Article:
Copyright (C) 2008 Free Software Foundation, Inc.
This is free software; see the source for copying conditions.
There is NO warranty; not even for MERCHANTABILITY or FITNESS FOR A
PARTICULAR PURPOSE.
Compiled by GNU CC version 4.3.3.
Compiled on a Linux >>2.6.28-1-amd64<< system on 2009-02-22.
Available extensions:
crypt add-on version 2.1 by Michael Glad and others
GNU Libidn by Simon Josefsson
Native POSIX Threads Library by Ulrich Drepper et al
BIND-8.2.3-T5B
For bug reporting instructions, please see:
<http://www.gnu.org/software/libc/bugs.html>.

That seems to be a functioning work on its own.


But "hello world" is not. A dynamically linked "hello world" binary is
not functioning without libc.


So hello-world.deb and libc.deb are no mere aggregation of
works. Therefore both hello-world.deb and libc.deb must be under GPL.


But hey, what about the exception for system libraries:

<quote>
However, as a special exception, the source code distributed need
not include anything that is normally distributed (in either source
or binary form) with the major components (compiler, kernel, and so
on) of the operating system on which the executable runs, unless
that component itself accompanies the executable.
</quote>

Note the _unless_that_component_itself_accompanies_the_exec utable_.

Since Debian distributes compiler, kernel, libraries, programs all
together the special exception can not be used.


So again we end up with the conclusion that the "hello world" program
requires that both hello world source and libc must be GPL. And the
same argument works for mkisofs linked against libschilly and libscg.

MfG
Goswin





--
William G. Unruh | Canadian Institute for| Tel: +1(604)822-3273
Physics&Astronomy | Advanced Research | Fax: +1(604)822-5324
UBC, Vancouver,BC | Program in Cosmology | unruh@physics.ubc.ca
Canada V6T 1Z1 | and Gravity | www.theory.physics.ubc.ca/
 
Old 03-05-2009, 04:21 AM
Russell Coker
 
Default xcdroast does no longer work with wodim: Who to blame?

On Thu, 5 Mar 2009, Bill Unruh <unruh@physics.ubc.ca> wrote:
> Sorry, but that means that the concept does exist. The binary of a program
> is a totally different animal from the original. Not a shred of similarity
> in expression exists between the two. If I grep phrases from the original
> in the binary, I will not find them.

In future please do some tests before making wild claims (or even just
consider how a compiler works).

In all the common compilers every text string (IE something that is enclosed
in "" in the source) will appear exactly the same in the binary. Variations
on the compressed executable theme (which was common in MS-DOS days) will of
course be exceptions to this rule.

$ gcc test.c
$ strings a.out
/lib/ld-linux.so.2
__gmon_start__
libc.so.6
_IO_stdin_used
puts
__libc_start_main
GLIBC_2.0
PTRh
[^_]
hello world
$ ./a.out
hello world
$ cat test.c
#include <stdio.h>
int main() { printf("hello world
"); return 0; }
$

--
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Old 03-05-2009, 05:05 AM
Bill Unruh
 
Default xcdroast does no longer work with wodim: Who to blame?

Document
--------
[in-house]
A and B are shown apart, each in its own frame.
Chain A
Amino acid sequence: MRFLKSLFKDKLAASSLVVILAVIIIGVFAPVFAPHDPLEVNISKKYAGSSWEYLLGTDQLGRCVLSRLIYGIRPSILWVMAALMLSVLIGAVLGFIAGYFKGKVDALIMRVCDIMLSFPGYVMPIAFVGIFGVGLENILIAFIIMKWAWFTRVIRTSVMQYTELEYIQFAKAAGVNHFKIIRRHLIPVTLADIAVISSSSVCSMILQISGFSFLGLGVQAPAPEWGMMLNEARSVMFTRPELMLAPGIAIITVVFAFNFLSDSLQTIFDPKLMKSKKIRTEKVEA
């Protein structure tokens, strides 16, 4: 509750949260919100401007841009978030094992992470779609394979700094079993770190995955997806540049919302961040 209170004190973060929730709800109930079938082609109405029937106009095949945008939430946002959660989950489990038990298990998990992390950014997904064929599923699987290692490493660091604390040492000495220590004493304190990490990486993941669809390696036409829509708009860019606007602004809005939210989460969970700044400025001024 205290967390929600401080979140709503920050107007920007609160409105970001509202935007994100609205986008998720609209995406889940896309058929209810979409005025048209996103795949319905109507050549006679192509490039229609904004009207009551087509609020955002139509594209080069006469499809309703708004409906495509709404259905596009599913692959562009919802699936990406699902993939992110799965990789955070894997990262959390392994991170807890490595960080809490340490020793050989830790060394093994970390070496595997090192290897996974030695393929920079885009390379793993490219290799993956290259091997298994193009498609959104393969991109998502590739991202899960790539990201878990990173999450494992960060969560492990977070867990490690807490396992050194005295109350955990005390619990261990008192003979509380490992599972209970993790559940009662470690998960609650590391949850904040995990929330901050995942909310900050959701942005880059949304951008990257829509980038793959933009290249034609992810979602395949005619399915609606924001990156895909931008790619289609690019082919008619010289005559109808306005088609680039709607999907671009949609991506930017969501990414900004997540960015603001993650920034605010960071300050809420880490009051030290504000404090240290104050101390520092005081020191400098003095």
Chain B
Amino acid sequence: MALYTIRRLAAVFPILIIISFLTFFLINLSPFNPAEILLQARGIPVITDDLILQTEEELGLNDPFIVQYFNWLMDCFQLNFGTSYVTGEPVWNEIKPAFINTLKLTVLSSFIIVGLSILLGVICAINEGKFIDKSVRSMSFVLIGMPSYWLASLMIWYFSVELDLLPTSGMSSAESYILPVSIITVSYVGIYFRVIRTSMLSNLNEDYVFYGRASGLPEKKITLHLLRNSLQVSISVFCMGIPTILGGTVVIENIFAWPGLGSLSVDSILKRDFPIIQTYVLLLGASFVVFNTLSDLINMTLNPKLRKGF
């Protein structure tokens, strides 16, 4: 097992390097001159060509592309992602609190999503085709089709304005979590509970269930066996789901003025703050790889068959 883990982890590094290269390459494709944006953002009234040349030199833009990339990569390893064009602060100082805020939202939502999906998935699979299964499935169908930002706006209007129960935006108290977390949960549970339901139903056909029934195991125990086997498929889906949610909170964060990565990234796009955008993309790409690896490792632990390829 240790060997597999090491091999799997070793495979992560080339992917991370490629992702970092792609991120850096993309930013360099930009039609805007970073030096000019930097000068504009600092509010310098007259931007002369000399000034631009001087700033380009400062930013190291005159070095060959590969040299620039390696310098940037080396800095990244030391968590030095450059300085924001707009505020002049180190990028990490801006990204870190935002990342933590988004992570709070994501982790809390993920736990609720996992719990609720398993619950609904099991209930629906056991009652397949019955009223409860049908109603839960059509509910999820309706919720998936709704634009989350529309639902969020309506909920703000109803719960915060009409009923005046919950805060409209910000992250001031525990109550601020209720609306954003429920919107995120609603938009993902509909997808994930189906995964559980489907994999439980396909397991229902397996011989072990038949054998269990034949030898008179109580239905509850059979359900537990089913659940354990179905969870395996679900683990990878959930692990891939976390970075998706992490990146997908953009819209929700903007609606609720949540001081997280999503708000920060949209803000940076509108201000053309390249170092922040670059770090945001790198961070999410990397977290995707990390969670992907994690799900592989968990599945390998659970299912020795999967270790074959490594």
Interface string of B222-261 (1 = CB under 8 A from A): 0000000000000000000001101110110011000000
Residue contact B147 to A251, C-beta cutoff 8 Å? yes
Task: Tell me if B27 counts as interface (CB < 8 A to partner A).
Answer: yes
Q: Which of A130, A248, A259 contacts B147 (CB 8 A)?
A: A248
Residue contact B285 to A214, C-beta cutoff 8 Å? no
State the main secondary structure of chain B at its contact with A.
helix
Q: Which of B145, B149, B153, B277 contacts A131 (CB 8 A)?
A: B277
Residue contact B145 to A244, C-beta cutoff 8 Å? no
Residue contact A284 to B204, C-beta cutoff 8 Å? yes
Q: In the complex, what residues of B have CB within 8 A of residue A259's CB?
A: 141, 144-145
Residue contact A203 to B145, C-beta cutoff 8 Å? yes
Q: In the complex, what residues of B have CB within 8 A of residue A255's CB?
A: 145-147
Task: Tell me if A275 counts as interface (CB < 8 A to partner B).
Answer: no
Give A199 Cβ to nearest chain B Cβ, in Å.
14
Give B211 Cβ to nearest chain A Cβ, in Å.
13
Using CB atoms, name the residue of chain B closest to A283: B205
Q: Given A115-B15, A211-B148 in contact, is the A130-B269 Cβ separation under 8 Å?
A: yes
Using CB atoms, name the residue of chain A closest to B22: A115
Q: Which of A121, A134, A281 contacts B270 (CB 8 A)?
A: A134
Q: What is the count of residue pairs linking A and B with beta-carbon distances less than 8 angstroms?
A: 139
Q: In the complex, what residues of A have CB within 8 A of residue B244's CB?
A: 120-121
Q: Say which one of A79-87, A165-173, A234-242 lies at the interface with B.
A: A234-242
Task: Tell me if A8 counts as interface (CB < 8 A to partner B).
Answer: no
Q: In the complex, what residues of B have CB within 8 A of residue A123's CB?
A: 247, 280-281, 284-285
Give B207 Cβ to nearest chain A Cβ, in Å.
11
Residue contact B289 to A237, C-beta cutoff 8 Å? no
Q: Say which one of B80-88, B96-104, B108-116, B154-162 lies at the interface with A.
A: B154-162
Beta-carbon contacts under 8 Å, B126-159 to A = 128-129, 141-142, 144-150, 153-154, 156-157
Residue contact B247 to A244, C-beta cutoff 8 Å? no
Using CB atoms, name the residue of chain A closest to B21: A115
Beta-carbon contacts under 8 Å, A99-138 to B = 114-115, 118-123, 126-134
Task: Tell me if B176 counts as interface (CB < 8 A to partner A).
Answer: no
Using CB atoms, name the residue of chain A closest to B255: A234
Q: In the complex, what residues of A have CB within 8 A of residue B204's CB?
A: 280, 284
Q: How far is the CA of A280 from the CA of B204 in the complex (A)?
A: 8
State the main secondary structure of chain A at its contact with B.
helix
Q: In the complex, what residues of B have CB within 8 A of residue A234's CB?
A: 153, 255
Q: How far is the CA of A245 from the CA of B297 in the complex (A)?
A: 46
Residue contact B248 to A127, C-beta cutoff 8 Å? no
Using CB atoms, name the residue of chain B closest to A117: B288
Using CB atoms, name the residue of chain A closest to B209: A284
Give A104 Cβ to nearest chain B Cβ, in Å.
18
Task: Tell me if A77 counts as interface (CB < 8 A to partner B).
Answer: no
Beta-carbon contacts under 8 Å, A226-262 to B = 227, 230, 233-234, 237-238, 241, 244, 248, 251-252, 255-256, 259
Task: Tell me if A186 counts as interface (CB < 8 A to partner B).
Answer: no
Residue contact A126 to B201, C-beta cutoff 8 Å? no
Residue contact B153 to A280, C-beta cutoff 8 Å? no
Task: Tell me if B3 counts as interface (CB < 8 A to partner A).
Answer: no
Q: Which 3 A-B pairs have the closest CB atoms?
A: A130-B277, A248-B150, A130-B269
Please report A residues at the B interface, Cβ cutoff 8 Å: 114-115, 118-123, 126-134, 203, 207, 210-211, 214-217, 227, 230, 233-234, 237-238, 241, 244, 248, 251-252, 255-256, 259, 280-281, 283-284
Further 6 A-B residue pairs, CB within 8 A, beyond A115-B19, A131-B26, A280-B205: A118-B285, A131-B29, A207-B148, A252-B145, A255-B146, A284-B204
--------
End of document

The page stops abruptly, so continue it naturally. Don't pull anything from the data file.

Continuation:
On Thu, 5 Mar 2009, Russell Coker wrote:


On Thu, 5 Mar 2009, Bill Unruh <unruh@physics.ubc.ca> wrote:

Sorry, but that means that the concept does exist. The binary of a program
is a totally different animal from the original. Not a shred of similarity
in expression exists between the two. If I grep phrases from the original
in the binary, I will not find them.


In future please do some tests before making wild claims (or even just
consider how a compiler works).


Oh dear, Yes, I did think of that and assumed that the readers were
intelligent enough not to need obvious caveates. My programs have no string
literals. Yes, string
litereals are sometimes preserved. And the point is? YOu think that those
string literals will convert a non-copyrighted binary to a copyrighted one
(Read "Fair use")? "If the program has theree letters in common with the
source then the program is derivative and if two it is not?"





In all the common compilers every text string (IE something that is enclosed
in "" in the source) will appear exactly the same in the binary. Variations
on the compressed executable theme (which was common in MS-DOS days) will of
course be exceptions to this rule.


Who cares in this context?



$ gcc test.c
$ strings a.out
/lib/ld-linux.so.2
__gmon_start__
libc.so.6
_IO_stdin_used
puts
__libc_start_main
GLIBC_2.0
PTRh
[^_]
hello world
$ ./a.out
hello world
$ cat test.c
#include <stdio.h>
int main() { printf("hello world
"); return 0; }
$


That program is probably not copyrightable. It has long gone into the public domain.

A binary is a translation of the source. Does it fall under the copyright on
the source or does it not? That is the issue of "derivative work". How close
does the "translation" or the use of the original have to be to still fall
under the original copyright?

And how different does it have to be not to do so.










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Old 03-05-2009, 05:23 AM
Russell Coker
 
Default xcdroast does no longer work with wodim: Who to blame?